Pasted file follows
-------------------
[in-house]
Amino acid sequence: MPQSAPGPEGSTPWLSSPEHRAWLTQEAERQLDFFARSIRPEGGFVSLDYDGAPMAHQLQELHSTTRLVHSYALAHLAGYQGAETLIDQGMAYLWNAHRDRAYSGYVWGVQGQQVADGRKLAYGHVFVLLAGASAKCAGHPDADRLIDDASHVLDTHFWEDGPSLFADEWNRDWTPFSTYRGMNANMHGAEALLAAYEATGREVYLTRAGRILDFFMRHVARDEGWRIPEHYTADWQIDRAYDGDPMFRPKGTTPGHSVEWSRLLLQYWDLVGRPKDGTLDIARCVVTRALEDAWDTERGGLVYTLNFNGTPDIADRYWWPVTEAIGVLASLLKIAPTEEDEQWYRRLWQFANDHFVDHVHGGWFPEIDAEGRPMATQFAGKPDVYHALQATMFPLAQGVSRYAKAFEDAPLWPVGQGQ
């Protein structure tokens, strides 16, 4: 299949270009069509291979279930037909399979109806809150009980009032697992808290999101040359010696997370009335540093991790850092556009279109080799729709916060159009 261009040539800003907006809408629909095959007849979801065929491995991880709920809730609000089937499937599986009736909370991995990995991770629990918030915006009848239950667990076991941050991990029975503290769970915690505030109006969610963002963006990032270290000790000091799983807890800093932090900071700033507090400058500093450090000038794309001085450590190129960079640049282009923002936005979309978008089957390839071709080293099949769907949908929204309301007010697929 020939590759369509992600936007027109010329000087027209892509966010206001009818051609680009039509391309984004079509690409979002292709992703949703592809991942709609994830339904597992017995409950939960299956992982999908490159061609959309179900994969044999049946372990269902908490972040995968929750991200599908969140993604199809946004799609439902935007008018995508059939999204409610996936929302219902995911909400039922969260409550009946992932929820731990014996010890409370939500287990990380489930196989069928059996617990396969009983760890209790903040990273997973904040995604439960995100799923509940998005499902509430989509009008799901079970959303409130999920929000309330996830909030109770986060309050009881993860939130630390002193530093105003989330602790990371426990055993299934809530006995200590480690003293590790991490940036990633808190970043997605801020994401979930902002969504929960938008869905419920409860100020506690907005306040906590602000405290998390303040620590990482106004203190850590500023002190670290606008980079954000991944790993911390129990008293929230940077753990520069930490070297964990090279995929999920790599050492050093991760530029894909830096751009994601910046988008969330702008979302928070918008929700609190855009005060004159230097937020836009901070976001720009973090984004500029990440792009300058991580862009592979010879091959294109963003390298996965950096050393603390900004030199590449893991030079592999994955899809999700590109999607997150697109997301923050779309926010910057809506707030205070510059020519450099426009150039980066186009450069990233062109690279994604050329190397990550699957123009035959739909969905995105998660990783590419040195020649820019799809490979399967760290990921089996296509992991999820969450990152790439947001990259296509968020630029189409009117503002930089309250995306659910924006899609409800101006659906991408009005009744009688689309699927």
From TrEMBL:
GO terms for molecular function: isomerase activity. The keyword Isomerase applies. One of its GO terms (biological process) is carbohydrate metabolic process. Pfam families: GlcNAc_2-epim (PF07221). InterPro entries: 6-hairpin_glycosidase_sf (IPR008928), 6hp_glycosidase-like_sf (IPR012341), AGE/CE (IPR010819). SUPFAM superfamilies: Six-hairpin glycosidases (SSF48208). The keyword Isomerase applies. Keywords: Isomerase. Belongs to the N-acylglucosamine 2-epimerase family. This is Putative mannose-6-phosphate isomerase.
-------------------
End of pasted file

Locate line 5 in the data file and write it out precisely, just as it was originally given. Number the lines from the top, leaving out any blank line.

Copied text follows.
GO terms for molecular function: isomerase activity. The keyword Isomerase applies. One of its GO terms (biological process) is carbohydrate metabolic process. Pfam families: GlcNAc_2-epim (PF07221). InterPro entries: 6-hairpin_glycosidase_sf (IPR008928), 6hp_glycosidase-like_sf (IPR012341), AGE/CE (IPR010819). SUPFAM superfamilies: Six-hairpin glycosidases (SSF48208). The keyword Isomerase applies. Keywords: Isomerase. Belongs to the N-acylglucosamine 2-epimerase family. This is Putative mannose-6-phosphate isomerase.